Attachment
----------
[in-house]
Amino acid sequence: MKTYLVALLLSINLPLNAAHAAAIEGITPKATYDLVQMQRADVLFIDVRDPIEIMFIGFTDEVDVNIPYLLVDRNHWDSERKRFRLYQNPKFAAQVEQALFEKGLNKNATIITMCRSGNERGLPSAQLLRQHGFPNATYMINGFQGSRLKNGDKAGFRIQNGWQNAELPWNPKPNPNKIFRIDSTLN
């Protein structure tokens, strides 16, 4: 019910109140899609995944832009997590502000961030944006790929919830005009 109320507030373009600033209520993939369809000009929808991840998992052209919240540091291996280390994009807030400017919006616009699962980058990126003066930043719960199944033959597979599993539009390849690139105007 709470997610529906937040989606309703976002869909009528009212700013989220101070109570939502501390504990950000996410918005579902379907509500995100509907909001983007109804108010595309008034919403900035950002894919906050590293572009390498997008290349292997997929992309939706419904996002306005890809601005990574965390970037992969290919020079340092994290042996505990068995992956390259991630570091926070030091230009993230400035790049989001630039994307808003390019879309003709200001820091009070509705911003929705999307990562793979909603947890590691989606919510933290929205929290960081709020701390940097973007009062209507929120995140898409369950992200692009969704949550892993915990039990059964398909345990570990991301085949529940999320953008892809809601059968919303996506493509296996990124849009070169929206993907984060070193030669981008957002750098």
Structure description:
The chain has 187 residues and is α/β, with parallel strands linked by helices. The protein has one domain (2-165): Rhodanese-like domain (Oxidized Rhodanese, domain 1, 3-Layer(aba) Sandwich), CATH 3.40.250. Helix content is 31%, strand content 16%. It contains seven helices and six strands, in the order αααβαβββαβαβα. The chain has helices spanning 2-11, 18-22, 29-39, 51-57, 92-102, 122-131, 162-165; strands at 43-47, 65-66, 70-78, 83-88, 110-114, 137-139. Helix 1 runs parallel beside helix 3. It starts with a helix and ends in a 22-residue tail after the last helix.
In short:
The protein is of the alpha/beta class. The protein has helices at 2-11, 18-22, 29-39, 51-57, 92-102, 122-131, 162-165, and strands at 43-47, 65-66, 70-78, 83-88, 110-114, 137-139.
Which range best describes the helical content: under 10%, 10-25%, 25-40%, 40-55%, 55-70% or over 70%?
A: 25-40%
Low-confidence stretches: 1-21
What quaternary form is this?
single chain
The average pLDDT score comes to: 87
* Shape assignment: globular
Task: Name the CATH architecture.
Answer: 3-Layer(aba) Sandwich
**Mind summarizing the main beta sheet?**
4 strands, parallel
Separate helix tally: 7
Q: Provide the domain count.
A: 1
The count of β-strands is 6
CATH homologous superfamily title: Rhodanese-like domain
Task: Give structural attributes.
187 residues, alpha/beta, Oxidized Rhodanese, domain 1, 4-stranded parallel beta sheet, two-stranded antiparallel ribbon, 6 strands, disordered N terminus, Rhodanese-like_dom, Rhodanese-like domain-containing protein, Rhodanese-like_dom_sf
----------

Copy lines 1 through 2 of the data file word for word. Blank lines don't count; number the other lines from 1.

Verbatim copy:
[in-house]
Amino acid sequence: MKTYLVALLLSINLPLNAAHAAAIEGITPKATYDLVQMQRADVLFIDVRDPIEIMFIGFTDEVDVNIPYLLVDRNHWDSERKRFRLYQNPKFAAQVEQALFEKGLNKNATIITMCRSGNERGLPSAQLLRQHGFPNATYMINGFQGSRLKNGDKAGFRIQNGWQNAELPWNPKPNPNKIFRIDSTLN